The Risks of Using Candles and Generators During Load Shedding

As South Africans struggle to deal with the constant threat of load shedding, many are turning to alternative sources of power, such as candles and generators, to provide them with a sense of security in their homes. However, these sources of power also carry risks that need to be carefully considered.

Candles may seem like a simple solution, but they can be a serious risk to your safety if they’re not handled correctly. Here are some key precautions to keep in mind:

  • Use a suitable holder for thin candles to prevent them from falling over or spilling hot wax.
  • Thick candles can usually stand on their own, but it’s still best to place them on a plate or other non-flammable object.
  • Never leave a candle unattended on a combustible surface, as it could burn out and start a fire.
  • Remember that thin candles burn out much faster than thicker ones, so keep an eye on them.
  • Always keep matches or a lighter stored in a safe place out of the reach of children.
  • Before discarding a used match, make sure it’s properly extinguished to avoid burns or igniting flammable items.
  • Candle wax burns at an extremely high temperature, which can cause serious injuries if it comes into contact with skin.

Generators may seem like a more reliable solution, but they also come with their own risks:

  • Generators run on flammable fuels and can generate carbon monoxide and noise.
  • Make sure to operate generators in well-ventilated areas to avoid inhalation of toxic fumes, which can cause unconsciousness or even death.
  • Pull-start generators can cause physical strain or injuries during an attempt to start.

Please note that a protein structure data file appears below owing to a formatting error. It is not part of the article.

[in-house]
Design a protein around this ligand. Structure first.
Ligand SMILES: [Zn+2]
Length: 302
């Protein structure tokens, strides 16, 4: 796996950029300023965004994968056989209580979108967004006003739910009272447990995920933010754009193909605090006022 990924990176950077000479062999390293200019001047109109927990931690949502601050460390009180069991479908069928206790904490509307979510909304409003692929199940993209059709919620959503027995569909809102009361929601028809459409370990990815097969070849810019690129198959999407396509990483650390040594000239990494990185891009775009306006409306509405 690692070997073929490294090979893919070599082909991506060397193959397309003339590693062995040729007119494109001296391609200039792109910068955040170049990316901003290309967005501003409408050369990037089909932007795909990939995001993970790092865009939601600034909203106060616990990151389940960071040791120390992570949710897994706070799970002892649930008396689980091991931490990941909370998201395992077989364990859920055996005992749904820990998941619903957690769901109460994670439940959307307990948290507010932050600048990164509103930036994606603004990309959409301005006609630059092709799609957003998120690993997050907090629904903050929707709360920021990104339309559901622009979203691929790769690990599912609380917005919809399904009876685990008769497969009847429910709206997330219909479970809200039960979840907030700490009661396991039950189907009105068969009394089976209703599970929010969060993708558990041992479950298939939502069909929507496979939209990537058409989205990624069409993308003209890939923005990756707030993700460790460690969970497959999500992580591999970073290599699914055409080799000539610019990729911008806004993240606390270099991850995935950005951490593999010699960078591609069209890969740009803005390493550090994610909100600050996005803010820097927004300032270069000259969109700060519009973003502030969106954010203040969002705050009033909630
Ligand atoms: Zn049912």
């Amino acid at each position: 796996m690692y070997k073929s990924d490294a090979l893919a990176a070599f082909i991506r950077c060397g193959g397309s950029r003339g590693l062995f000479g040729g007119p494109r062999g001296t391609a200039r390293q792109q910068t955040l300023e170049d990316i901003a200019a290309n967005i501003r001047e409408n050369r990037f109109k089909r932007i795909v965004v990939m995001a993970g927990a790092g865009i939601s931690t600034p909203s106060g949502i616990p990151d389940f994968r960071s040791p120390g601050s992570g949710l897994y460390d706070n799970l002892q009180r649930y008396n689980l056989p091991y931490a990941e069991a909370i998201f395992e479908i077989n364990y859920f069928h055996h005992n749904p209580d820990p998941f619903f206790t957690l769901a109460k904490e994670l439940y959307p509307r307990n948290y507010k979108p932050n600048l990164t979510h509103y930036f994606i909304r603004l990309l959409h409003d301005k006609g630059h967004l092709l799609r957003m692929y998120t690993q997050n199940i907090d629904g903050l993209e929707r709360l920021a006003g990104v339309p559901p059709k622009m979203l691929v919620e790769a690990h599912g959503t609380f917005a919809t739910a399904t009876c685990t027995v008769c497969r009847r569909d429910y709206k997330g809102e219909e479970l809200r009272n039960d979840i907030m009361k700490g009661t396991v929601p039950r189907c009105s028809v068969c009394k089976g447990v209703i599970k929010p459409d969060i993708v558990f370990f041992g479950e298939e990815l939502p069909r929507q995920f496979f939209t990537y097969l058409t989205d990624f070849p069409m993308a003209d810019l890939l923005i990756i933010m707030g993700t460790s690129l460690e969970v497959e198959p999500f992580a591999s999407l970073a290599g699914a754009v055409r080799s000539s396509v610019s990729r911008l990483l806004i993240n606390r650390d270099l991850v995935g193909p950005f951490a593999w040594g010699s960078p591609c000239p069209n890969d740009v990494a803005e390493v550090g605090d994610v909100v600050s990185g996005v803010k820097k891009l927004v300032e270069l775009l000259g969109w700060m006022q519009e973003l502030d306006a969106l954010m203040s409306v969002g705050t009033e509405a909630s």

• Generators don’t have earth leakage protection like that installed on the electrical distribution panel in buildings, which increases the risk of electrocution or fatal shocks.
  • Always make sure your generator is safely earthed before use.
  • Be sure to use an earth leakage protection device fitted extension box for your generator, and connect all extension leads to this box rather than directly to the generator to avoid short circuits.
  • Generators have a maximum capacity, so make sure that the wattage demand of all appliances you plan to use doesn’t exceed the generator’s capacity. To calculate the required capacity or size of the generator, add the Watts marked on all electrical appliances and lights that you would require to run off generator power.
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While alternative power sources such as candles and generators may provide temporary relief during load shedding, it’s important to be aware of the risks associated with them. South Africans should continue to use caution and seek expert advice when necessary to ensure their safety and the safety of those around them.